Sonic Cinema

Sounds, Visions and Insights by Brian Skutle

Dirty Books (Short)

Grade : A Year : 2016 Director : Zachary Lapierre Running Time : 16min Genre : , ,
Movie review score
A

“Dirty Books” starts with a school administrator, Dr. Bradley (Timothy J. Cox) talking to a student. The student is David Burroughs (Noah Bailey), and he’s the editor of the school paper. Dr. Bradley is telling him that the cost of printing the paper is such that it would be much better if they transformed it into an online blog. It sounds like a great idea, but David is crushed. “Your trying to kill the printed word,” he tells Dr. Bradley, and he is set on keeping the paper in place. If only he could figure out a way to boost readership. His staff at the paper is enthused about the transition, so David goes to a friend with a black book of secrets, and that meeting gives him an idea. Suddenly, pranks begin to occur around campus, and the paper has the scoop. We know what’s going on, but how long will it take the faculty? And how will they figure it out?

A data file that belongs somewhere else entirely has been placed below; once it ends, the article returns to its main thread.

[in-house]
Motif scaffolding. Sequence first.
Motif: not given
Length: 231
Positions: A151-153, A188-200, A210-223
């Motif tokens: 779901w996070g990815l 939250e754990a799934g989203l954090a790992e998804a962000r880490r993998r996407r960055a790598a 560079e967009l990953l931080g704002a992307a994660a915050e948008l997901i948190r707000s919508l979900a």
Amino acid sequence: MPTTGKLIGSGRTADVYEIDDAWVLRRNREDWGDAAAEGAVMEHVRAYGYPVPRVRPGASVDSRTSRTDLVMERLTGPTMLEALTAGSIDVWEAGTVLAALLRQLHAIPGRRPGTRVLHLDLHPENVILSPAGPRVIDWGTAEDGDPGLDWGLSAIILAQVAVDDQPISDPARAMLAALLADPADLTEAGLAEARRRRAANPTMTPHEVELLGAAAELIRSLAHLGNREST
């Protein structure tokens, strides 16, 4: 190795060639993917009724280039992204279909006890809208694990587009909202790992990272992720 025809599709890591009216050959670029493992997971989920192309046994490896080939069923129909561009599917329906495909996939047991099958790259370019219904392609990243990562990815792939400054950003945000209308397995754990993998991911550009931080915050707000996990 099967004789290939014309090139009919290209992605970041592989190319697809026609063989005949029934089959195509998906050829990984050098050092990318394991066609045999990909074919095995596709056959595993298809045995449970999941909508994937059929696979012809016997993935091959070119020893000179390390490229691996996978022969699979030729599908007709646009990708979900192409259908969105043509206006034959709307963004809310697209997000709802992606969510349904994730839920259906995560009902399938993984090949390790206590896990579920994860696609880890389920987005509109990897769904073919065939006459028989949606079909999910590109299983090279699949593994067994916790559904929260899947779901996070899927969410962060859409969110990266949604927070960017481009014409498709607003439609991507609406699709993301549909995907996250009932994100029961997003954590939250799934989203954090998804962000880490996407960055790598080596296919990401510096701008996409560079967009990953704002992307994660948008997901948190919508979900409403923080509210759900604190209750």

As I watched Zachary Lapierre’s short film, I couldn’t help but think about the present state of our media. Could there be a better metaphor for the disgusting sideshow mainstream journalism has become then what David does for the sake of saving the school paper, even though it probably would be better served online? It’s like the famous (supposed) quote from William Randolph Heart, “You furnish the pictures and I’ll furnish the war,” except this time, the journalist is doing both jobs. Granted, journalists and editors haven’t fought for the printed word the way David does, but the idea of turning to desperate acts for the sake of a news story is timely at a time when a buffoonish real estate mogul/reality TV entertainer has ridden a tide of free press to the pole position in a major political party’s race for the Presidential nomination. Even if the reality of Trump wasn’t going on, though, our scandal-obsessed, controversy-driven media age would still exist as inspiration for writers Lapierre and Ian Everhart to draw from for their satirical tale. The question is, are we going to do the right thing and put a stop to this, or just let it go until, we hope, they hit rock bottom? In “Dirty Books,” the hero turns out to be a Sports writer named Charlotte (Ansley Berg). Will we be so lucky in real life? At this point, I’m concerned we won’t be.

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